What’s the first city you think of when you think US cigar history? Yeah, I wouldn’t blame you if you thought of Miami. I learned a while back; however, that there was another city in Florida that gave birth to the American cigar industry in the late 1800s before cigar companies started to make their homes in Miami. That city within a city was Ybor City, a small bustling neighborhood a few blocks northeast of downtown Tampa, named after Vicente Martinez Ybor, a Spanish immigrant that had a successful cigar companies in Key West and Cuba.
Having the chance to finally take in Ybor City on a recent trip to Tampa, I saw pieces of history on every corner. From the small row-style homes that housed many of Ybor’s workers to the still present cigar culture that you can smell and savor while walking down the street. Having more “Mom and Pop” cigar shops than one could enjoy in one day, there are plenty of hand-rolled cigars for aficionados and tourist to partake in. Many of the old factory building still exist, some housing museums that detail the rich history and some being used as restaurants and retail establishments. Right in the middle of the bustling entertainment district is a statue of the man that started it all, Vicente Martinez Ybor, so we won’t ever forget whose vision and hard work helped to bring the past time we love from Cuba to the US.
Originally called “Ybor’s City”, thousands of immigrants flocked to this Tampa melting pot and prospered by working and helping to build the city and Ybor’s company…and the cigar industry in the United States. Producing millions of cigars annually in the 1880s through World War II, this small port town attracted workers from all over the southeast and the world. A true Equal Opportunity Employer, Ybor was able to not only leverage the strengths of cigar rollers from Cuba and Spain, but taught many Italian immigrants the trade and enlisted Germans immigrants to help handle administrative and box production for his cigar companies. Not only were the multiple job opportunities attractive to those fleeing their countries for a better life, but they offered the chance to work for unparalleled benefits for this time and for homes that Ybor built for the community; many of which still stand to this day. While not everyone joined in the cigar revolution that he created, many of those that took residence in Ybor City opened their own cafés, food stores, restaurants, and boardinghouses. These traditions and flavors are still seen, tasted and felt today as the district still provides traditional European and Cuban cuisines, coffee, products and entertainment.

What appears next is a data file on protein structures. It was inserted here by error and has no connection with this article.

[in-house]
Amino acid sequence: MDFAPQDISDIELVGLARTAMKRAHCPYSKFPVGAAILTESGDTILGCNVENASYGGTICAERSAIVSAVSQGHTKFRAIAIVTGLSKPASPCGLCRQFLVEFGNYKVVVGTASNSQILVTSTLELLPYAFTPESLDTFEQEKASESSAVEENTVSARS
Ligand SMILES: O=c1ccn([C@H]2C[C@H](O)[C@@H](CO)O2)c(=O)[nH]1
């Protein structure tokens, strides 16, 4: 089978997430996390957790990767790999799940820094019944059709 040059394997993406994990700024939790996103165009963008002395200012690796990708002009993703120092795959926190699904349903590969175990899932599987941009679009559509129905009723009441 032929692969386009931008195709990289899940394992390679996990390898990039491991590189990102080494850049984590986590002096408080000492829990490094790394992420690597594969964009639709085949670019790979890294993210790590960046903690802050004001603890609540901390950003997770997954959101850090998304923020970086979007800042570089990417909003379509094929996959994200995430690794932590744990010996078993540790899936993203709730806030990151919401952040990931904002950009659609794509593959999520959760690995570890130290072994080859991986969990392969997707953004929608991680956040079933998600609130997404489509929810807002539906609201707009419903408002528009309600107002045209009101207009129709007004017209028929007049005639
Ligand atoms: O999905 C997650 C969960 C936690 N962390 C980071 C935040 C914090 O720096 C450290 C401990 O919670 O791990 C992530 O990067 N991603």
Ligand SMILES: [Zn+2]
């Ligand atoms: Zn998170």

To cap off the perfect trip to Tampa, we had the chance to visit our good friends and my Odyssey to Honduras brothers, Rick Rodriguez, Master Blender of CAO Cigars and Bruce Busch, Foreign Language Teacher extraordinaire. Sitting in Rick’s famous garage, he and his wife treated us to the best, an biggest, Cuban meal…all while enjoying test blends of cigars! I am still full to this day.
I’ve done enough talking. Here are all of the pictures I took that can tell the story of just how awesome Tampa, Fl, especially Ybor City is.